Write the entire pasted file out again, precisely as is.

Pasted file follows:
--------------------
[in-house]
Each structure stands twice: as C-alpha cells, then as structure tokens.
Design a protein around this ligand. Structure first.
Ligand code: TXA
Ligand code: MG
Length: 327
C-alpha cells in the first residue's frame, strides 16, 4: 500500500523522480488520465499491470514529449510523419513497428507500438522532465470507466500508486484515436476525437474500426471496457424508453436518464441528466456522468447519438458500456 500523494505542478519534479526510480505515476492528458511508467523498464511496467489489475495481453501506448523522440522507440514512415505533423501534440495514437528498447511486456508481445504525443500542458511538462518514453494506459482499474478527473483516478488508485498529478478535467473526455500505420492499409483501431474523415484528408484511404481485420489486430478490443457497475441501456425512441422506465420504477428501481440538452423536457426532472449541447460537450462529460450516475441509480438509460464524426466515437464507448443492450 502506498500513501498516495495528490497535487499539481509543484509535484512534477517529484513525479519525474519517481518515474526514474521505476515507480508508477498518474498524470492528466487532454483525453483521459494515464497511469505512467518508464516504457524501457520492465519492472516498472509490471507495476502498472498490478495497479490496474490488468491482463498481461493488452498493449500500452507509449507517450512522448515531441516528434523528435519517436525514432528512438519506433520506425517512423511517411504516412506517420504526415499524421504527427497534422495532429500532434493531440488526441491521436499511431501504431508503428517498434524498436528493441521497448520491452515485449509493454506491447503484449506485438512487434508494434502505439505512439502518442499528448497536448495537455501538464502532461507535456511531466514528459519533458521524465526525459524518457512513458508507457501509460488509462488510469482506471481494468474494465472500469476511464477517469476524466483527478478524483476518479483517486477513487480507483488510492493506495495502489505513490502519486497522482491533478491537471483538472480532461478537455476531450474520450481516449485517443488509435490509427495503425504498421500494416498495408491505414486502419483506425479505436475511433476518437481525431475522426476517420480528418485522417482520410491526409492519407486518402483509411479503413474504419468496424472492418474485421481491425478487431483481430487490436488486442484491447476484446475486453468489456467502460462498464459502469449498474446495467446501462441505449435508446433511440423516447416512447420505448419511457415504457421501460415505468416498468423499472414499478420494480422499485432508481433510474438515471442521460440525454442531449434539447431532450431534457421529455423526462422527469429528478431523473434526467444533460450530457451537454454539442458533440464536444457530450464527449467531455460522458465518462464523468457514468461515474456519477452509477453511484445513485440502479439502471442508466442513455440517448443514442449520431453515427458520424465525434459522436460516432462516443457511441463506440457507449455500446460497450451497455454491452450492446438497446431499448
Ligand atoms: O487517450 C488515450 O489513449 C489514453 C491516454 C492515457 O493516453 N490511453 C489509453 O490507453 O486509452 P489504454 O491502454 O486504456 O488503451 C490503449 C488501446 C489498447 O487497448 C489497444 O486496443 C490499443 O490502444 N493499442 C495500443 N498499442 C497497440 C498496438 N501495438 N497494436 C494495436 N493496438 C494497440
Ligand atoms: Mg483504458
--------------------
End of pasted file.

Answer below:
[in-house]
Each structure stands twice: as C-alpha cells, then as structure tokens.
Design a protein around this ligand. Structure first.
Ligand code: TXA
Ligand code: MG
Length: 327
C-alpha cells in the first residue's frame, strides 16, 4: 500500500523522480488520465499491470514529449510523419513497428507500438522532465470507466500508486484515436476525437474500426471496457424508453436518464441528466456522468447519438458500456 500523494505542478519534479526510480505515476492528458511508467523498464511496467489489475495481453501506448523522440522507440514512415505533423501534440495514437528498447511486456508481445504525443500542458511538462518514453494506459482499474478527473483516478488508485498529478478535467473526455500505420492499409483501431474523415484528408484511404481485420489486430478490443457497475441501456425512441422506465420504477428501481440538452423536457426532472449541447460537450462529460450516475441509480438509460464524426466515437464507448443492450 502506498500513501498516495495528490497535487499539481509543484509535484512534477517529484513525479519525474519517481518515474526514474521505476515507480508508477498518474498524470492528466487532454483525453483521459494515464497511469505512467518508464516504457524501457520492465519492472516498472509490471507495476502498472498490478495497479490496474490488468491482463498481461493488452498493449500500452507509449507517450512522448515531441516528434523528435519517436525514432528512438519506433520506425517512423511517411504516412506517420504526415499524421504527427497534422495532429500532434493531440488526441491521436499511431501504431508503428517498434524498436528493441521497448520491452515485449509493454506491447503484449506485438512487434508494434502505439505512439502518442499528448497536448495537455501538464502532461507535456511531466514528459519533458521524465526525459524518457512513458508507457501509460488509462488510469482506471481494468474494465472500469476511464477517469476524466483527478478524483476518479483517486477513487480507483488510492493506495495502489505513490502519486497522482491533478491537471483538472480532461478537455476531450474520450481516449485517443488509435490509427495503425504498421500494416498495408491505414486502419483506425479505436475511433476518437481525431475522426476517420480528418485522417482520410491526409492519407486518402483509411479503413474504419468496424472492418474485421481491425478487431483481430487490436488486442484491447476484446475486453468489456467502460462498464459502469449498474446495467446501462441505449435508446433511440423516447416512447420505448419511457415504457421501460415505468416498468423499472414499478420494480422499485432508481433510474438515471442521460440525454442531449434539447431532450431534457421529455423526462422527469429528478431523473434526467444533460450530457451537454454539442458533440464536444457530450464527449467531455460522458465518462464523468457514468461515474456519477452509477453511484445513485440502479439502471442508466442513455440517448443514442449520431453515427458520424465525434459522436460516432462516443457511441463506440457507449455500446460497450451497455454491452450492446438497446431499448
Ligand atoms: O487517450 C488515450 O489513449 C489514453 C491516454 C492515457 O493516453 N490511453 C489509453 O490507453 O486509452 P489504454 O491502454 O486504456 O488503451 C490503449 C488501446 C489498447 O487497448 C489497444 O486496443 C490499443 O490502444 N493499442 C495500443 N498499442 C497497440 C498496438 N501495438 N497494436 C494495436 N493496438 C494497440
Ligand atoms: Mg483504458